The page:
TED Theater, Soho, New York

Tuesday, September 24, 2019
New York, NY

The Event

As part of Global Goals Week, the Skoll Foundation and the United Nations Foundation are pleased to present We the Future: Accelerating Sustainable Development Solutions on September 21, 2017 at TED Theater in New York.
The Sustainable Development Goals, created in partnership with individuals around the world and adopted by world leaders at the United Nations, present a bold vision for the future: a world without poverty or hunger, in which all people have access to healthcare, education and economic opportunity, and where thriving ecosystems are protected. The 17 goals are integrated and interdependent, spanning economic, social, and environmental imperatives.
Incremental change will not manifest this new world by 2030. Such a shift requires deep, systemic change. As global leaders gather for the 72nd Session of the UN General Assembly in September, this is the moment to come together to share models that are transforming the way we approach the goals and equipping local and global leaders across sectors to accelerate achievement of the SDGs.




Together with innovators from around the globe, we will showcase and discuss bold models of systemic change that have been proven and applied on a local, regional, and global scale. A curated audience of social entrepreneurs, corporate pioneers, government innovators, artistic geniuses, and others will explore how we can learn from, strengthen, and scale the approaches that are working to create a world of sustainable peace and prosperity.


Meet the

Speakers

Click on photo to read each speaker bio.

Amina

Mohammed

Deputy Secretary-General of the United Nations



Astro

Teller

Captain of Moonshots, X





Catherine

Cheney

West Coast Correspondent, Devex



Chris

Anderson

Head Curator, TED



Debbie

Aung Din

Co-founder of Proximity Designs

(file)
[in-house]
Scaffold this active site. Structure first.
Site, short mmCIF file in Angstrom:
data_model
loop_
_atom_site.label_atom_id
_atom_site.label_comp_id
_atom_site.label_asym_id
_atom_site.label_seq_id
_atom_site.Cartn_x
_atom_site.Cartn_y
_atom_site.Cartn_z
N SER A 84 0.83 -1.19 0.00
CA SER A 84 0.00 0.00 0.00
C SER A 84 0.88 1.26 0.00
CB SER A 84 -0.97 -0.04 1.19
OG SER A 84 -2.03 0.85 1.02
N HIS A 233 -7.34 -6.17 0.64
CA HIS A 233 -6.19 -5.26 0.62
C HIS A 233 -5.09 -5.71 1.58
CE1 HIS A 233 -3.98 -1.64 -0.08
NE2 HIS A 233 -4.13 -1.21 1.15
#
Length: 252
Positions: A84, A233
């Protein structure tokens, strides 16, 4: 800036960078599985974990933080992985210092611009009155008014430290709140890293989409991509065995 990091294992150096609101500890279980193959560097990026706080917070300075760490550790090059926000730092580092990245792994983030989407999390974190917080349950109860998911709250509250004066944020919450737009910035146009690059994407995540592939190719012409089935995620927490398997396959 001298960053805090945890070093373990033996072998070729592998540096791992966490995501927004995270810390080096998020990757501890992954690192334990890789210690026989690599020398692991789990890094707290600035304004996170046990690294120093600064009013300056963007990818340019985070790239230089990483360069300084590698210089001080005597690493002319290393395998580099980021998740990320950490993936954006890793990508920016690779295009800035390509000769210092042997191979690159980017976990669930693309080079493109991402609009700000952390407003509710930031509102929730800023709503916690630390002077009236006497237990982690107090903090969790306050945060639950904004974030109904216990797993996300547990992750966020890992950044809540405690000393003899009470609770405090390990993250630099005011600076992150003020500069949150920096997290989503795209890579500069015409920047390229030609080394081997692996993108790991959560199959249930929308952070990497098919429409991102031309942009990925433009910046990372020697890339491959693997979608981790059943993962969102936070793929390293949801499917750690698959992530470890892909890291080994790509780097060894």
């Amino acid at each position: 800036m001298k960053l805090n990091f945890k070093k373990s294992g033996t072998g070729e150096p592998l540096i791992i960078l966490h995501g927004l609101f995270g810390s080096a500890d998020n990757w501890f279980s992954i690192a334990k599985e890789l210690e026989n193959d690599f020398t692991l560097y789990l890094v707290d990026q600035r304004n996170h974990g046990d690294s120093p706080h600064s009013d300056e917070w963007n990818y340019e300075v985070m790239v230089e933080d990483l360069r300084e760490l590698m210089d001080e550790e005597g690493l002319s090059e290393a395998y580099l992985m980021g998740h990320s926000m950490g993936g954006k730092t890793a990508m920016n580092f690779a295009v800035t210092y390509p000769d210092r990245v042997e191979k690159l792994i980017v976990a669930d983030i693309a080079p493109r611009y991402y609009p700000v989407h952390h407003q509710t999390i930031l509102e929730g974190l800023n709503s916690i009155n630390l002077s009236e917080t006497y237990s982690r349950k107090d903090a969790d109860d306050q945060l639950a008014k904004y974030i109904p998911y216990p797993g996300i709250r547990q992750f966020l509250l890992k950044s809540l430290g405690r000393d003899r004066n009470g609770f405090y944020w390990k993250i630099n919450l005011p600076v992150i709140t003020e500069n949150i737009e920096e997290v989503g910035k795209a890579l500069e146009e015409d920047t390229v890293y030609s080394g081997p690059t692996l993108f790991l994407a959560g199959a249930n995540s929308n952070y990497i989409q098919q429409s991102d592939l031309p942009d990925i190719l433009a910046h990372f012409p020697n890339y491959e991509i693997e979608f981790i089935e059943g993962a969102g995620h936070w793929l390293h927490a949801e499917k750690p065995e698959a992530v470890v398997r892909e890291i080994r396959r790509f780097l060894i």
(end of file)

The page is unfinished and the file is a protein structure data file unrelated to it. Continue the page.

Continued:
Dolores

Dickson

Regional Executive Director, Camfed West Africa





Emmanuel

Jal

Musician, Actor, Author, Campaigner



Ernesto

Zedillo

Member of The Elders, Former President of Mexico



Georgie

Benardete

Co-Founder and CEO, Align17



Gillian

Caldwell

CEO, Global Witness





Governor Jerry

Brown

State of California



Her Majesty Queen Rania

Al Abdullah

Jordan



Jake

Wood

Co-founder and CEO, Team Rubicon



Jessica

Mack

Senior Director for Advocacy and Communications, Global Health Corps





Josh

Nesbit

CEO, Medic Mobile



Julie

Hanna

Executive Chair of the Board, Kiva



Kate Lloyd

Morgan

Producer, Shamba Chef; Co-Founder, Mediae



Kathy

Calvin

President & CEO, UN Foundation





Mary

Robinson

Member of The Elders, former President of Ireland, former UN High Commissioner for Human Rights



Maya

Chorengel

Senior Partner, Impact, The Rise Fund



Dr. Mehmood

Khan

Vice Chairman and Chief Scientific Officer, PepsiCo



Michael

Green

CEO, Social Progress Imperative







http://wtfuture.org/wp-content/uploads/2015/12/WTFuture-M.-Yunus.png

Professor Muhammad

Yunus

Nobel Prize Laureate; Co-Founder, YSB Global Initiatives



Dr. Orode

Doherty

Country Director, Africare Nigeria



Radha

Muthiah

CEO, Global Alliance for Clean Cookstoves





Rocky

Dawuni

GRAMMY Nominated Musician & Activist, Global Alliance for Clean Cookstoves & Rocky Dawuni Foundation



Safeena

Husain

Founder & Executive Director, Educate Girls



Sally

Osberg

President and CEO, Skoll Foundation



Shamil

Idriss

President and CEO, Search for Common Ground



Main venue

TED Theater

Soho, New York

Address

330 Hudson Street, New York, NY 10013


Email

wtfuture@skoll.org